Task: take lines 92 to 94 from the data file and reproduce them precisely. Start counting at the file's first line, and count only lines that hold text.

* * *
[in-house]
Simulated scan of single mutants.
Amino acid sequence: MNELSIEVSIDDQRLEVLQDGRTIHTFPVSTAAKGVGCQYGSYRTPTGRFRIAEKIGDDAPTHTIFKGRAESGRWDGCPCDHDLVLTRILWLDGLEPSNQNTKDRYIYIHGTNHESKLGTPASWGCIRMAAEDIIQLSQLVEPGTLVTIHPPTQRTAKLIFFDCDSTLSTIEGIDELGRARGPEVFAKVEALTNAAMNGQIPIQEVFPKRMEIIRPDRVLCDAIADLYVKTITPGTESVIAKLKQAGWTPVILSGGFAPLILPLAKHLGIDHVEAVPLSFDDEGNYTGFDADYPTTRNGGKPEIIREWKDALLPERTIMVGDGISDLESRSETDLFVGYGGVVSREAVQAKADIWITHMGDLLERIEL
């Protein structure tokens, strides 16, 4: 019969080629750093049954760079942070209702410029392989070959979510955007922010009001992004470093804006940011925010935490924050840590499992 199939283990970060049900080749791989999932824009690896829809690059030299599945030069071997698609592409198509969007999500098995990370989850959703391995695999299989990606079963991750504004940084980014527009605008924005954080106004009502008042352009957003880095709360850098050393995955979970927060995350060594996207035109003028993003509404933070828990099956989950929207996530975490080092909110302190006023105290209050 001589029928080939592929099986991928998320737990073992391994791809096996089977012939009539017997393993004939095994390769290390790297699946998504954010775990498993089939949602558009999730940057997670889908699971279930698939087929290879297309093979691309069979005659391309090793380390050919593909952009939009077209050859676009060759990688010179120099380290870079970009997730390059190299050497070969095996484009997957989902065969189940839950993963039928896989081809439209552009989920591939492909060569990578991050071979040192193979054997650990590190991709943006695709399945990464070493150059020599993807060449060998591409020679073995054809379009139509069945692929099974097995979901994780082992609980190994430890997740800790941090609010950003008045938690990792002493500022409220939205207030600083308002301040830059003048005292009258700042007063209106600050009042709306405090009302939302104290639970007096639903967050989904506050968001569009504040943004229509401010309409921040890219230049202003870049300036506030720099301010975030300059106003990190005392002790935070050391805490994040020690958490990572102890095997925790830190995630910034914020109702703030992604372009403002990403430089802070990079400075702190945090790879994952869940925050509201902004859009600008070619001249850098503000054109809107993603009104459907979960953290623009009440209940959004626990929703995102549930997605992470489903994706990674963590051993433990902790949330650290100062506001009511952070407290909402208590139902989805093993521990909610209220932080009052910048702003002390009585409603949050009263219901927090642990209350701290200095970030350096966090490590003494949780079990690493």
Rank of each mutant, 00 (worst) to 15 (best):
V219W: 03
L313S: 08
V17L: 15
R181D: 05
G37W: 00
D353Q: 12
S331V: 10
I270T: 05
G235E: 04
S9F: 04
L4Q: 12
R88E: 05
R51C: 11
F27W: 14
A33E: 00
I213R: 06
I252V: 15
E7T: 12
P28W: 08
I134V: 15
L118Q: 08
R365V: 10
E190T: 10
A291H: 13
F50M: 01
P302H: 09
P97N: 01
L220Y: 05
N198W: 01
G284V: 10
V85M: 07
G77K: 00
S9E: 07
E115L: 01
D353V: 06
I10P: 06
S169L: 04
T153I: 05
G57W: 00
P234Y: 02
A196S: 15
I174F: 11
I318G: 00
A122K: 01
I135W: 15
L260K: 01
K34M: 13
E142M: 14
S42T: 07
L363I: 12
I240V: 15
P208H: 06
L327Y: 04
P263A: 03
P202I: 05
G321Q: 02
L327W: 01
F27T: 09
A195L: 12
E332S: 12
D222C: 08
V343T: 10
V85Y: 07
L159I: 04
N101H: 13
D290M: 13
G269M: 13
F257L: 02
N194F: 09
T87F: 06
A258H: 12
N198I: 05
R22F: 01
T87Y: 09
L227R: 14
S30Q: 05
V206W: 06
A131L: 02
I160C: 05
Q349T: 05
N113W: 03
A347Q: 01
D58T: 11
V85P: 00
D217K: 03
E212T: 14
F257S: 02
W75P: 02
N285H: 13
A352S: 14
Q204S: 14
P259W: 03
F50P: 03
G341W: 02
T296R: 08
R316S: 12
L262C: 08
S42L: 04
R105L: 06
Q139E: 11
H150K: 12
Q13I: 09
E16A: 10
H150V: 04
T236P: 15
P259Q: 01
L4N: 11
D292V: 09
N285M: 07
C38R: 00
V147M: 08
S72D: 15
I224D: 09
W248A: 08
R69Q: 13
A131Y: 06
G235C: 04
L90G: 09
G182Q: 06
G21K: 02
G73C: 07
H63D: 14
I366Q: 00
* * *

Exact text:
F257S: 02
W75P: 02
N285H: 13